Saturday, August 23, 2008

Jesus gave "keys" of the kingdom./kindom "to Peter and to community as a whole"

In Matthew 16:18-19 and Matthew 18: 18, Jesus gave the "keys" to the Kingdom/Kindom of God to Peter and to the community.
Gary Wills, Pultizer prize winning author, sums up the scholarship: " But Jesus, in the same gospel, gives the same power not to Peter exclusively but to the followers as a body: 'In truth I tell you (hymin, plural) that whatever you tie on earth will have been tied in heaven, and whatever you loose on earth will have been loosed in heaven "( Mt. 18:18).
"From this Augustine concluded that Peter is just ' a representative of the church'- and in fact the community as a whole had the power to include or exclude members in the early gatherings."
Gary Wills, What Jesus Meant, pp. 80-81.

Excerpt from Bishop Tom Gumbleton's Homily in ncronline
Reflection on scripture passage: Christ giving keys of kingdom to Peter and the Community
"But in fact, that interpretation did not become part of the church's
tradition until the fourth century, when Constantine (the Roman emperor) had
been baptized and the church began to exist with freedom in the Roman
Empire. It began to take on some of the traits of that empire -- power,
prestige, wealth -- so this interpretation of this passage developed in that
fourth century.

Before that, in the earliest tradition, the passage was interpreted as Peter
being a type, an image of all the disciples. So Jesus is saying then, "It is
on all my believing disciples that I build my church. To all my disciples I
give the power to bind or to loose." That's the earliest interpretation and
that's reinforced, actually, when you go just a little bit further into
Matthew's gospel in the 18th chapter, and Jesus is speaking, not to Peter,
but to all the disciples, the whole community. "I say to you, whatever you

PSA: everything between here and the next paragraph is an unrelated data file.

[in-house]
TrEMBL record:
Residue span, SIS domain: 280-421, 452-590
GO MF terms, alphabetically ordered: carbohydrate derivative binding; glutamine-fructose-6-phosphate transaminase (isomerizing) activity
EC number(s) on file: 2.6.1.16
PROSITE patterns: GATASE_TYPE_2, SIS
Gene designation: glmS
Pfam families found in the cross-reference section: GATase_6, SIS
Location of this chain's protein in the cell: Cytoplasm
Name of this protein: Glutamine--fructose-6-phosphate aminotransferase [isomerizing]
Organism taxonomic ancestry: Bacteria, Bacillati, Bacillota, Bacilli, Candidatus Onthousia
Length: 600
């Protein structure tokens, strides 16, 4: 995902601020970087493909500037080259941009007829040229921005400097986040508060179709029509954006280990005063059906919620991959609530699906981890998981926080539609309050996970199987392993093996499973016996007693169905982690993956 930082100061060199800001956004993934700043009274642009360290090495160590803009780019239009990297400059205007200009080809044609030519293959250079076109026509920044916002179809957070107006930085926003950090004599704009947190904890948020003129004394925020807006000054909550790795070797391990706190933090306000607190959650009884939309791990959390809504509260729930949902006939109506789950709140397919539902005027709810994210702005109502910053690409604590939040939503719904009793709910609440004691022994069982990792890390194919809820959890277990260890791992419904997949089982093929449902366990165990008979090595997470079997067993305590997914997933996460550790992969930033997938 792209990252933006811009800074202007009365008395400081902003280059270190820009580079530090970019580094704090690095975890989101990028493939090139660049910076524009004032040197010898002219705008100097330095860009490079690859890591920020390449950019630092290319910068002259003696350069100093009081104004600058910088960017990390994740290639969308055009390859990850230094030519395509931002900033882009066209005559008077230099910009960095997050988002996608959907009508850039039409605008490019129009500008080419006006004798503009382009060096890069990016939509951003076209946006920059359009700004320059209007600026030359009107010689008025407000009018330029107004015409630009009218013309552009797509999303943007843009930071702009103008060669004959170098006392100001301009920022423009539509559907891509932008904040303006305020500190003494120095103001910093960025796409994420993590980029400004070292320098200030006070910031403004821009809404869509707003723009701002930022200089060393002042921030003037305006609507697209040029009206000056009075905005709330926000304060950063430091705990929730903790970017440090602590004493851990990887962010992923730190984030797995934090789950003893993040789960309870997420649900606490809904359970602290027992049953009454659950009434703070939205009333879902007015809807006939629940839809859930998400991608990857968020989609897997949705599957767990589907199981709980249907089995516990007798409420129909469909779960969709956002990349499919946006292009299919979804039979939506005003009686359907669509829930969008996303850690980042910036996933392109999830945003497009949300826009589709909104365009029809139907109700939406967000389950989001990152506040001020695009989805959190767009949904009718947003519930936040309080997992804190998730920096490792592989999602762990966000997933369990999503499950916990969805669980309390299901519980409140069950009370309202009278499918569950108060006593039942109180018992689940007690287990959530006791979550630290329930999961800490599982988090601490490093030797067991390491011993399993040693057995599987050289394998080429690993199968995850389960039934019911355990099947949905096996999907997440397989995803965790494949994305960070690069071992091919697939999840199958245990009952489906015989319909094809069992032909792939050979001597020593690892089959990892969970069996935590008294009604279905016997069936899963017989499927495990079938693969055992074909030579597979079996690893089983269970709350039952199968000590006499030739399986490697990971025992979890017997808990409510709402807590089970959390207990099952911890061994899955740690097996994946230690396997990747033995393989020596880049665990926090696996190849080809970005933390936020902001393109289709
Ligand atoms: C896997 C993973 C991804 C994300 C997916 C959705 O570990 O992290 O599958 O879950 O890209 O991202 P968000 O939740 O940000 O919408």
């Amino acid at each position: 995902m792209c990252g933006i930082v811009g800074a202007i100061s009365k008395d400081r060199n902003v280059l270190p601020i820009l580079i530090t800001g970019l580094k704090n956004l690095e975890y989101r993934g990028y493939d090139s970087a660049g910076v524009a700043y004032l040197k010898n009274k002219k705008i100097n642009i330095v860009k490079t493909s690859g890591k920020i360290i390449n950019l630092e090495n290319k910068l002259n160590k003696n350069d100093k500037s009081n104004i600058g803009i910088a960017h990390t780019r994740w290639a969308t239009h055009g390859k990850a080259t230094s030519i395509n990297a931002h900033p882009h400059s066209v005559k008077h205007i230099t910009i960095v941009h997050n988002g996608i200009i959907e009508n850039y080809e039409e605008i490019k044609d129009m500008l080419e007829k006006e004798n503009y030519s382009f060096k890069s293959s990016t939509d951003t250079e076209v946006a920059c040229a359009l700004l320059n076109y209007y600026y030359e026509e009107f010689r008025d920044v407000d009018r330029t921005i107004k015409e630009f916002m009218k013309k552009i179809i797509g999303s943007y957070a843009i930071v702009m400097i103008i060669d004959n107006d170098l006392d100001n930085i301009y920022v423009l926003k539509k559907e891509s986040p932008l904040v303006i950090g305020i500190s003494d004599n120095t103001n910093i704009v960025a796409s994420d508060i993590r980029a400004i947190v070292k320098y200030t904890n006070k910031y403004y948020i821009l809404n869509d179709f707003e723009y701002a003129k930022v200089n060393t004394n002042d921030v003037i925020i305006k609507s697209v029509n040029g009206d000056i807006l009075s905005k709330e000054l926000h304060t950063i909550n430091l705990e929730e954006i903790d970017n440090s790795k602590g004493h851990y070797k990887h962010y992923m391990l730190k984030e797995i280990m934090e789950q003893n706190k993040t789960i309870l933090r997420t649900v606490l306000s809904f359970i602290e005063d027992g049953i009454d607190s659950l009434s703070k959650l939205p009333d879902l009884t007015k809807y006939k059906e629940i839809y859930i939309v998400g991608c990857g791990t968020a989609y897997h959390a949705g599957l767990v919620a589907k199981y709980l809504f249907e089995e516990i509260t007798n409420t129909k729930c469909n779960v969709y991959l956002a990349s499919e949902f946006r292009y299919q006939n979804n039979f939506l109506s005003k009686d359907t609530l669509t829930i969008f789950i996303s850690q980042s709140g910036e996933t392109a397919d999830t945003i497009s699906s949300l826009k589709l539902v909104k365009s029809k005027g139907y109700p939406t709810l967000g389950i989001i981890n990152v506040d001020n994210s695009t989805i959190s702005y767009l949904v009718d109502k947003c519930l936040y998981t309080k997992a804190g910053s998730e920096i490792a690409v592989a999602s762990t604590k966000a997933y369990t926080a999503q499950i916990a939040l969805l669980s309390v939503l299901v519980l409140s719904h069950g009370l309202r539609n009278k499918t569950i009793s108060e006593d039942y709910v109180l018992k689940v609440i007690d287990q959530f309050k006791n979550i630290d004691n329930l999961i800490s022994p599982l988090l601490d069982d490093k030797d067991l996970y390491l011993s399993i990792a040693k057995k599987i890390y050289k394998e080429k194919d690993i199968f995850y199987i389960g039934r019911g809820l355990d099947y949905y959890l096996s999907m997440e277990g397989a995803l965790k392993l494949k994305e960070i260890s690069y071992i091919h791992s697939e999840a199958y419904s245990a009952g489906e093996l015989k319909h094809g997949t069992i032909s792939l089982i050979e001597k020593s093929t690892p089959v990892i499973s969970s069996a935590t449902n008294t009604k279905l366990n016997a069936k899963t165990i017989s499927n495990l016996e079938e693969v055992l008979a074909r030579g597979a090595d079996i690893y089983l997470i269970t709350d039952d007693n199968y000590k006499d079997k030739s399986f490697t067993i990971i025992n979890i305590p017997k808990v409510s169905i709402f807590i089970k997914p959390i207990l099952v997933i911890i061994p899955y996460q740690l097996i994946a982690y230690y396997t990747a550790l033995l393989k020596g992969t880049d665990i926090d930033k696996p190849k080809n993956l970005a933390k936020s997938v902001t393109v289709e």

bind on earth, heaven will keep bound; whatever you unbind on earth, heaven
will keep unbound."

So it wasn't Peter, and now the pope, that has the full authority and power
within the church, it's the whole community, the church. That's what Jesus
said to his disciples and that was the earliest interpretation of this

Later on in the Eastern part of the church, the passage was interpreted as
Jesus building the church on faith -- it was the faith of Peter that was
emphasized -- so the church was built on the faith of believing Christians.
Later on, in fact, in the Middle Ages, people began to interpret the passage
that it's on Jesus himself, the Christ, that the church is built. Yet we
have taken this one interpretation and have, in fact, enlarged upon it so
that we have a church where one person (and this, if you think about it, is
really extreme) has all legislative power. The pope can make any law, end
any law, at any time, at any moment.
This is not a healthy thing, actually, for our church. We have to remember
that when Jesus first began to preach and to teach, he was gathering a
community of disciples. Jesus never organized a church. All of this only
developed over a period of time, so it's changeable. It seems to me, and to
many in the church today, that we need to change."
--Bishop Tom Gumbleton This homily was given at St. Hilary Parish, Detroit, Mich.

Thursday, August 21, 2008

Article about Roman Catholic Womanpriest Victoria Rue's Address to Interfaith Gathering in Indonesia

Victoria Rue: A woman's place in world religions
Mon, 08/04/2008 11:14 AM
" ... Victoria Rue hopes her trip to Indonesia will plant a seed that eventually sees the> ordination of this country's first female priest... ""Women have been thought of as evil, sinful and lustful, as representing only the body and not the spirit."" Rue, who is also a lecturing professor of comparative religion and women's studies at California's San Jose University, said women have been systematically excluded from positions of power in the Church."

Monday, August 18, 2008

Congratulations to Maryknoll for supporting Fr. Roy and Opening a Discernment Process on Justice for Women including womenpriests

Let us be glad and rejoice that a new day has begun for dialogue for justice for women in the church. One of the major outcomes of the meeting between Fr. Roy Bourgeois and his Maryknoll Community is that there will be a continued dialogue on women's ordination in the Roman Catholic Church. This presents an opportunity for Roman Catholic Womenpriests to share their experience of a renewed priesthood with religious orders and our brother priests and bishops. May this endeavor lead us forward into the Gospel Equality, (the kindom) that Jesus modelled. It is our hope that our brother bishops and priests follow Fr. Roy's prophetic witness!
Homily text of Father Roy Bourgeois
August 9, 2008
Roman Catholic Womenpriests: Fr. Roy Bourgeois Homily
Homily text of Father Roy Bourgeois
Published: August 9, 2008
Lexington, Kentucky
When I met Janice Sevre-Duszynska years ago in the SOA Watch movement, she spoke about her journey of faith and her call to be ordained in the Catholic church.
That day has arrived. And we are here to share in her joy and to support Janice in her call to the priesthood.